“I came from Waukegan, Illinois, to California in 1920 with my parents and three sisters when I was ten….My family landed on the east side of Los Angels and I did creditably well on the city track team and became second to the concertmaster playing violin. At age 16, I gave up the violin because I knew my skills were not as a violinist.” – Joseph Aidlin
While Joe never obtained the status of a world renown violinist, he would later become one of the most influential voices in the creation of Geothermal Energy laws in the United States. But more on that a little later…
Mary described her style best in a 1977 New West magazine article covering the California lifestyle. Mary told the magazine, “We’ve always been pleased with the furniture. It’s comfortable to sit in. I’m short and I don’t like the soft, cushiony stuff you fall into and then can’t get out of.” Joe added, “We have a simple, casual lifestyle and this furniture has always suited us.”
Joe and his wife were avid art collectors and the home was filled with work by Ynez Johnston, Shiko Munakata, Jack Zajec, Rufino Tamayo and Dimitri Hadzi. Many of the pieces of furniture are originals by the likes of Eames, George Nelson, and Herman Miller. After their passing, most of these treasures were sold off at auction by Bonham’s Los Angeles.
As a teenager, Joe’s family lived in the Hollywood neighborhood just under the world famous advertising sign originally built in 1923.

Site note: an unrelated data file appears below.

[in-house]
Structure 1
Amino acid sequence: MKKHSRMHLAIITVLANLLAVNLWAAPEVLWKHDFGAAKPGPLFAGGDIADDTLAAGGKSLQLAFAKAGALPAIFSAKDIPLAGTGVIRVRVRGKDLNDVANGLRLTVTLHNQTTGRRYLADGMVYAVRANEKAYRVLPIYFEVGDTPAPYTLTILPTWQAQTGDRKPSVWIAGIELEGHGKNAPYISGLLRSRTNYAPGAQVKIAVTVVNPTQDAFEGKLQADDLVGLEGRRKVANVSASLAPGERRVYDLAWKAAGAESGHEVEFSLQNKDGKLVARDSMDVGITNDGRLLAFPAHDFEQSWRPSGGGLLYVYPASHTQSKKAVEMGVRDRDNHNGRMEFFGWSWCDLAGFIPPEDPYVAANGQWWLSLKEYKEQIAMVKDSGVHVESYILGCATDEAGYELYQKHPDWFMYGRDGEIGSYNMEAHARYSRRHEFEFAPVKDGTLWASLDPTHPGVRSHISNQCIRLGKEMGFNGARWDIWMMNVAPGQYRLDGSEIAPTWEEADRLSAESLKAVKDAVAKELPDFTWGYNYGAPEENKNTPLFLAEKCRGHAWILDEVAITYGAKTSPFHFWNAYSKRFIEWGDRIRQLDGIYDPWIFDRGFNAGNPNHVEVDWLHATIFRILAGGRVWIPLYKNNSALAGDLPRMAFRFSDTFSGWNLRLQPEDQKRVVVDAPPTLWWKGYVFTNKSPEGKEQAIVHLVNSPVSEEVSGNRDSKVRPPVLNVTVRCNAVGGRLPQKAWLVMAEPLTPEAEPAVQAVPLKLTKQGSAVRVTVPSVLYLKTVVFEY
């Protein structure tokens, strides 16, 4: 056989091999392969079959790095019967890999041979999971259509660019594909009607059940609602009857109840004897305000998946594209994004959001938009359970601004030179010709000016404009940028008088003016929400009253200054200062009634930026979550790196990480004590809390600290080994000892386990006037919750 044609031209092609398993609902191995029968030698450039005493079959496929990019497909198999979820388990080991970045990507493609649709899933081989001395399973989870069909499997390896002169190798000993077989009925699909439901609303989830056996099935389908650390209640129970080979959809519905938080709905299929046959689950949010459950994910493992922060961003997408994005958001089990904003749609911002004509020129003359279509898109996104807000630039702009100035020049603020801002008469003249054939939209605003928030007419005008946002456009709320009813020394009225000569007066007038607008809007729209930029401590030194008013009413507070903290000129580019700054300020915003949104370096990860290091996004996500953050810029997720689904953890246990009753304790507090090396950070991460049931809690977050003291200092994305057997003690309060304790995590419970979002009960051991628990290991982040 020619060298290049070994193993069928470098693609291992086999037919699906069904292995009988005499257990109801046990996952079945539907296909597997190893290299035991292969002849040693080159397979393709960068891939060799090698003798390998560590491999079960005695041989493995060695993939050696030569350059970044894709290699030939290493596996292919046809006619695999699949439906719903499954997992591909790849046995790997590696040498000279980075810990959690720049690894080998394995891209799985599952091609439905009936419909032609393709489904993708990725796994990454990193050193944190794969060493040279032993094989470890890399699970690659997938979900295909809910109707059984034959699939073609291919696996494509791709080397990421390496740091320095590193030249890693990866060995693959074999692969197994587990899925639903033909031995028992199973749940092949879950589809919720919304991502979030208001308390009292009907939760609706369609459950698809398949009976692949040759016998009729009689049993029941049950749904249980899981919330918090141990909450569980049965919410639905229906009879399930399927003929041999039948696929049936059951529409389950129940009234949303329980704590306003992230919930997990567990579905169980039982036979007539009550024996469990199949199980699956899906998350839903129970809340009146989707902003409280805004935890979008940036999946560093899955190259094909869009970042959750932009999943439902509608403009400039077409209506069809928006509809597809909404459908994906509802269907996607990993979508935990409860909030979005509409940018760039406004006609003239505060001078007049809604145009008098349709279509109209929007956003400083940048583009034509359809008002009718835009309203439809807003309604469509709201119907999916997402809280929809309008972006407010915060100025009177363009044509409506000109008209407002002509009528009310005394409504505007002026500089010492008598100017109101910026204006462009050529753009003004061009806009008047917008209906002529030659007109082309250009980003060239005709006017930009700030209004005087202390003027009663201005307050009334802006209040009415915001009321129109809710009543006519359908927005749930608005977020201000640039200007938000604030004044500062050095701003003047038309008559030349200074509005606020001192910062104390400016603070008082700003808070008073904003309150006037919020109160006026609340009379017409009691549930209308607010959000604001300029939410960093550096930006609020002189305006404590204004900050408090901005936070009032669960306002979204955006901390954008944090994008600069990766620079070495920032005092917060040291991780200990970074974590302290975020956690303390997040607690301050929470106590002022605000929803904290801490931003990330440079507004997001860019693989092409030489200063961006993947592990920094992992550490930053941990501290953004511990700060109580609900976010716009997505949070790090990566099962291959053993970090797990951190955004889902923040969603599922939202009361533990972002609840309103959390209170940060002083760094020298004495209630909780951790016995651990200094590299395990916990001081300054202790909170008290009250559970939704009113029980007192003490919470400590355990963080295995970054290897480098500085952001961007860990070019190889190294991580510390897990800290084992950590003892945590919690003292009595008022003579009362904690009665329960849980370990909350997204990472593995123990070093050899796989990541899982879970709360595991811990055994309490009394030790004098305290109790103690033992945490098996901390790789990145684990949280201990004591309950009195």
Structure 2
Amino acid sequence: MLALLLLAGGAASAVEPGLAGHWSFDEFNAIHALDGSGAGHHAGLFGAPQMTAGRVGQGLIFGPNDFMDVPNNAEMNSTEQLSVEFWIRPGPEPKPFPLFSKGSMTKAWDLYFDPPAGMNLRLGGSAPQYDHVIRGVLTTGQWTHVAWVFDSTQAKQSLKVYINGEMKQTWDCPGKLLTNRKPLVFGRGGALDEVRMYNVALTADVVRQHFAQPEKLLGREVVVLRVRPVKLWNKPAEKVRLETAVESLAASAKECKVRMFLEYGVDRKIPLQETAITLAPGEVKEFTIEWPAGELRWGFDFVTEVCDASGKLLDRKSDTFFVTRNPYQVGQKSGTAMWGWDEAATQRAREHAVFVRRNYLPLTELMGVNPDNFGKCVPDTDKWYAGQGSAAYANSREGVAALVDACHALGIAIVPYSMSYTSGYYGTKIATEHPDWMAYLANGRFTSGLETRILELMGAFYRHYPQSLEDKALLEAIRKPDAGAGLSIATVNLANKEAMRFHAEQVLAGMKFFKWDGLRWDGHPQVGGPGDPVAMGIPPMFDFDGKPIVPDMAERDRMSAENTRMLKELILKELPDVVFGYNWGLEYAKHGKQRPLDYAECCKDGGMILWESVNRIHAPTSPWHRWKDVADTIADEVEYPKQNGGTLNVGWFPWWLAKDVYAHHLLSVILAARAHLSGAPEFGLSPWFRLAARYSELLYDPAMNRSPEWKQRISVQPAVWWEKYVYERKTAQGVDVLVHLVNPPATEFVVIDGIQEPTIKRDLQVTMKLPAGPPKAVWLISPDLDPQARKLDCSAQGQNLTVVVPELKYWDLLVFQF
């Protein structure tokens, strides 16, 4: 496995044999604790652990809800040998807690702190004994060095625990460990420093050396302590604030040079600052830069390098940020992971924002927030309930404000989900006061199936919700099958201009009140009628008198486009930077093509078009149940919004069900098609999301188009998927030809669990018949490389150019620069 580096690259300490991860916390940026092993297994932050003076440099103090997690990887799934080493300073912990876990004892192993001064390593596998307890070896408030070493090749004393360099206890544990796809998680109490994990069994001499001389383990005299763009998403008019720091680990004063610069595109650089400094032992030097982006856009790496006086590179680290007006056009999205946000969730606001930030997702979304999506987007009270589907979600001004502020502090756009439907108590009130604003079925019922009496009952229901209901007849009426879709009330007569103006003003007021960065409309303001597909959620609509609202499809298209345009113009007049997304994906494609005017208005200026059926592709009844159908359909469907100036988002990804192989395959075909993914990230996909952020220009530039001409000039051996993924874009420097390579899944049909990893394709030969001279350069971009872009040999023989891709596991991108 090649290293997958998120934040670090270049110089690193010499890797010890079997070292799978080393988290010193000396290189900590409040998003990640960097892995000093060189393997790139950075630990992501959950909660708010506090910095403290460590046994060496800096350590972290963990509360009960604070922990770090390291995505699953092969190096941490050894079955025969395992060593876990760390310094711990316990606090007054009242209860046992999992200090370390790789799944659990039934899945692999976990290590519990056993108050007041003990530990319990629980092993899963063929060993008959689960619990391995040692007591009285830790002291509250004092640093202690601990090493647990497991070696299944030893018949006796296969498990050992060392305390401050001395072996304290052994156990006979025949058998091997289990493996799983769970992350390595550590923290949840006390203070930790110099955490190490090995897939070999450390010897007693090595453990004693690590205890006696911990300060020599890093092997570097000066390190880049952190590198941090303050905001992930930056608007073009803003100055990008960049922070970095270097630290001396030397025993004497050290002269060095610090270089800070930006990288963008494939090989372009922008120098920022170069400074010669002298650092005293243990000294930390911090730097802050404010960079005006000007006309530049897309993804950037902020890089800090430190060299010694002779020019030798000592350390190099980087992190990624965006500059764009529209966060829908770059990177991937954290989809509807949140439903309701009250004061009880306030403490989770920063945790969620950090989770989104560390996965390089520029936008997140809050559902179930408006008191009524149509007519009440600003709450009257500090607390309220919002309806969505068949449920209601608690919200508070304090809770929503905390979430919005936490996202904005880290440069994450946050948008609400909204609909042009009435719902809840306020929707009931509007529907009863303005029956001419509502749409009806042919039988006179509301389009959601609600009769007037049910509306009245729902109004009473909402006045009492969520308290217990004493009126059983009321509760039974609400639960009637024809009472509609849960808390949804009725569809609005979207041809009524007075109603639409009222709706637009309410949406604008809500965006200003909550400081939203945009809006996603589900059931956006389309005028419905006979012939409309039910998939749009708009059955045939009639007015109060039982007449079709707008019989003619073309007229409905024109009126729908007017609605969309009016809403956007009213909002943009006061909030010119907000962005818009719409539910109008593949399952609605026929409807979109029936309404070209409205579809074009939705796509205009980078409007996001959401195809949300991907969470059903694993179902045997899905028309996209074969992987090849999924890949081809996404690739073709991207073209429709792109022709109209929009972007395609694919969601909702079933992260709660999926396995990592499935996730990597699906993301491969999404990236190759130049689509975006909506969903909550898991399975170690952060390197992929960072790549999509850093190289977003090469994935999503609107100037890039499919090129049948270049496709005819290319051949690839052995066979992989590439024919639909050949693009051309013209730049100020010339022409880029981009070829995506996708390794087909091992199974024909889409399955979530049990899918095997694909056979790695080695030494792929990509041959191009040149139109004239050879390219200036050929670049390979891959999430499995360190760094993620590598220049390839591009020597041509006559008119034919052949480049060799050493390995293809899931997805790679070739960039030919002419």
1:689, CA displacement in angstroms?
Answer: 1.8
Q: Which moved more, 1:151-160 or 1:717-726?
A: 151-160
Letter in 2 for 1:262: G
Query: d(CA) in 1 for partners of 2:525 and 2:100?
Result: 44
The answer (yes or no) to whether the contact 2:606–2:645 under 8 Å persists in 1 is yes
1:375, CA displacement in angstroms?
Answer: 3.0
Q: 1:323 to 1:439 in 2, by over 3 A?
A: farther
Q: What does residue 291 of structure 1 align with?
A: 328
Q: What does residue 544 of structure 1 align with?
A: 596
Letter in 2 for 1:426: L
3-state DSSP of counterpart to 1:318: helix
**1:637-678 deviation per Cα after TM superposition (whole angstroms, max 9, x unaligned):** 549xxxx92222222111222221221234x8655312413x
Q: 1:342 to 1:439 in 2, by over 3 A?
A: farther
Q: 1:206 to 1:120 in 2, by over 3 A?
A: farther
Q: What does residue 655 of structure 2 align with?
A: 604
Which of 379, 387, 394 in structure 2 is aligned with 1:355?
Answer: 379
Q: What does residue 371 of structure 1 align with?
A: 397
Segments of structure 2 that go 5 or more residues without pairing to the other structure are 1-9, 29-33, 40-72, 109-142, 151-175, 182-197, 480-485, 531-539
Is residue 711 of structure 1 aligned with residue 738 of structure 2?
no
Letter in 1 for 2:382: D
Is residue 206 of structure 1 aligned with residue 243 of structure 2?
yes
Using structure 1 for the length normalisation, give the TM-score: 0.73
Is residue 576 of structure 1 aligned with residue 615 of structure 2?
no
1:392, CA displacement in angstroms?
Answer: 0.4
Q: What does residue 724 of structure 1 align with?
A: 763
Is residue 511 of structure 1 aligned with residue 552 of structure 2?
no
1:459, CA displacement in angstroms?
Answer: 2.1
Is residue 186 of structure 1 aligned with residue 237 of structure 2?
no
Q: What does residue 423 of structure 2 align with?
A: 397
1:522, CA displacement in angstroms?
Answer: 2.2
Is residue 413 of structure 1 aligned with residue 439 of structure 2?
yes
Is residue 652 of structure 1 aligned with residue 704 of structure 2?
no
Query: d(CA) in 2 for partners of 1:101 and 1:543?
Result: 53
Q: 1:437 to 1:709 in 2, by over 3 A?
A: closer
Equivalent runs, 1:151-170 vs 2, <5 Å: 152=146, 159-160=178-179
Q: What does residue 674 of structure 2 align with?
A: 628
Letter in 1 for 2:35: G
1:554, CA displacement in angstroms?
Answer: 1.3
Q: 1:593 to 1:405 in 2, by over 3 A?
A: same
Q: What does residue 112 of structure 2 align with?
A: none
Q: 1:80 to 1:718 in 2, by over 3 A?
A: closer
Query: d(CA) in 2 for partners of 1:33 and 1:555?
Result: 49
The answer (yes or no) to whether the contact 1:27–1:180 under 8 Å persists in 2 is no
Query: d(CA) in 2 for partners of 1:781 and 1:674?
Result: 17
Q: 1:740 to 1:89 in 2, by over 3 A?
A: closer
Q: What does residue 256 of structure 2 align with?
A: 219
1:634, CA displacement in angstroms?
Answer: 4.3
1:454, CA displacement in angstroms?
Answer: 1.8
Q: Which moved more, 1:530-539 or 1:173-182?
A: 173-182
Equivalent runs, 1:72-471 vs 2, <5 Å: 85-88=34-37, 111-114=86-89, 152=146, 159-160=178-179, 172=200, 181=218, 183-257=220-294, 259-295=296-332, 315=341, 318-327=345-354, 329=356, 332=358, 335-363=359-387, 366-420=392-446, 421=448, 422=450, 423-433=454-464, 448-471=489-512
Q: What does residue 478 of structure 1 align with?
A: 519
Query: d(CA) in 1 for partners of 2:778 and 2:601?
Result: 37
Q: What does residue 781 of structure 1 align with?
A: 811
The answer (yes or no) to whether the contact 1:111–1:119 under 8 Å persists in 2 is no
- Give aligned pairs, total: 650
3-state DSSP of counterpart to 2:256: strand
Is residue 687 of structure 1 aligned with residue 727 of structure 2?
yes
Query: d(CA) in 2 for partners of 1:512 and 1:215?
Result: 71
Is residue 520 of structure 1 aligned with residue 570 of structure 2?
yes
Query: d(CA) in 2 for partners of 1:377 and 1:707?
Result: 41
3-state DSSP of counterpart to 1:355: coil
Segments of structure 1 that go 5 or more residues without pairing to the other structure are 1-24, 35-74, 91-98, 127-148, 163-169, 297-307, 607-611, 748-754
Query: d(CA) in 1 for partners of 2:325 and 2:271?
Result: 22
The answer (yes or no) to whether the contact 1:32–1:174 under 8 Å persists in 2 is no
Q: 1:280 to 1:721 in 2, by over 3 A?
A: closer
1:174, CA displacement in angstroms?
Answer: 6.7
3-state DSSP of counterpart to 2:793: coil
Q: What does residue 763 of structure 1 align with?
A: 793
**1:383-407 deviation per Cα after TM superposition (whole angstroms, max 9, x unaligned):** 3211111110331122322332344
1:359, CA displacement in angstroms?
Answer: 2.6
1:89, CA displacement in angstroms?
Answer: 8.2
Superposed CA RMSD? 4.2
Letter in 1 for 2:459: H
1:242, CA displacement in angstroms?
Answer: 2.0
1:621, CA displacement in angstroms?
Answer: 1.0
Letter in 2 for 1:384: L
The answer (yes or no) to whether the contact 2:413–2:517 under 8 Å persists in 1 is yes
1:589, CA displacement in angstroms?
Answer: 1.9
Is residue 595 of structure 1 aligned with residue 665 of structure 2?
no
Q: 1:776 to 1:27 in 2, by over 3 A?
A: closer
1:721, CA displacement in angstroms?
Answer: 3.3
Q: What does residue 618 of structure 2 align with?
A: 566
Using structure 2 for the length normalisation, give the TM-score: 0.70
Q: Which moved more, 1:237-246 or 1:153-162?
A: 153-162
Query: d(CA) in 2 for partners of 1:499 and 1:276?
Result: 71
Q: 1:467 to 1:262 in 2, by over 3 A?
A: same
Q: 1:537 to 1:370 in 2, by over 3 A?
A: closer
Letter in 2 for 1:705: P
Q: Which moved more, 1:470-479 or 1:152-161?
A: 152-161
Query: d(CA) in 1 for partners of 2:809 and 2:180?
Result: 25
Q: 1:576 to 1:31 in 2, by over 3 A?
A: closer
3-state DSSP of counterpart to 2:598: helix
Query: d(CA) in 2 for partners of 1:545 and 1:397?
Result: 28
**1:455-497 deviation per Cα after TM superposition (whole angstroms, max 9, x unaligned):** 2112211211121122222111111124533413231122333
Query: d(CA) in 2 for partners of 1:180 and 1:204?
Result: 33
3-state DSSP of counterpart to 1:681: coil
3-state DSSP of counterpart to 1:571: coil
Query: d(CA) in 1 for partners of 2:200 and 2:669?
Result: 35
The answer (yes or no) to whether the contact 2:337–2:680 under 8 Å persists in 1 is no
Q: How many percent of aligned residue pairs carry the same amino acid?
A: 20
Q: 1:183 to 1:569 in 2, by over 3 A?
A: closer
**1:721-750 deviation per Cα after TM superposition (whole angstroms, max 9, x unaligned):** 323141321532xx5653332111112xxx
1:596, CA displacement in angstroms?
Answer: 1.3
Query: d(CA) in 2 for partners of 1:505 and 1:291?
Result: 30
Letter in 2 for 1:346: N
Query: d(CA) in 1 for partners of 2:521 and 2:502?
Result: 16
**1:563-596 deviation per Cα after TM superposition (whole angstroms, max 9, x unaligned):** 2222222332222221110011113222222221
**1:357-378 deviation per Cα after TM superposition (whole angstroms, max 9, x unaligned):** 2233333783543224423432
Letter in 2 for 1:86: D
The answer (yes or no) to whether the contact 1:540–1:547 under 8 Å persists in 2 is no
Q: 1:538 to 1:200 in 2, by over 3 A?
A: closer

Outpost Estates, a compact community of roughly 450 homes located directly east of Runyon Canyon Park and centered around Outpost Drive, would later become home for Joseph and his wife Mary.
Joe went on to graduate from Hollywood High School in 1926 at the age of sixteen. While attending Hollywood High, Joe was classmates with the likes of Carole Lombard
Edward Dmytryk, who would become a member of the blacklisted Hollywood Ten
and Lon Chaney Jr.
who would later became famous for portraying classic Universal Studios monsters such as The Wolf Man, The Mummy, Frankenstein’s Monster and the Son of Dracula.
“I learned early that it was possible to be friendly and considerate but also tough.” – Joseph Aidlin
Throughout his education, Joe always possessed a keen love and understanding of chemistry. But it was during his senior year at Hollywood High that Joe became truly fascinated with the exploration of oil and natural gas.
Joe was known to ride his bicycle to and from campus every day. After graduating from UCLA, Joe wasted little time and quickly went on to receive his law degree from Berkeley in 1933.
“I was a young, curious, talkative nuisance. My father said, ‘Look, you’ll make a good lawyer. Go to law school’” – Joseph Aidlin
Electing to forge his own path, Joe opened shop and established an independent law practice specializing in land and mineral rights relating to oil and natural gas.
“I realized that I wouldn’t be attractive to the established big firms. The only places where an intelligent promising Jewish lawyer could go were Hollywood or the merchandising industry. I didn’t like either.” – Joseph Aidlin
Joe always preferred doing things his own way. His dedication and focus led to him co-founding the Geothermal Resources Council (GRC) in 1970.
The GRC is a tax-exempt, non-profit, educational association 501(c)(3). Formed in 1970, the GRC was incorporated in the state of Washington in 1972 and in California in 1981. With more than 1,300 members in over 40 countries, the GRC actively seeks to expand its role as a primary professional educational association for the international geothermal community. The GRC serves as a focal point for continuing professional development for its members through its outreach, information transfer and education services.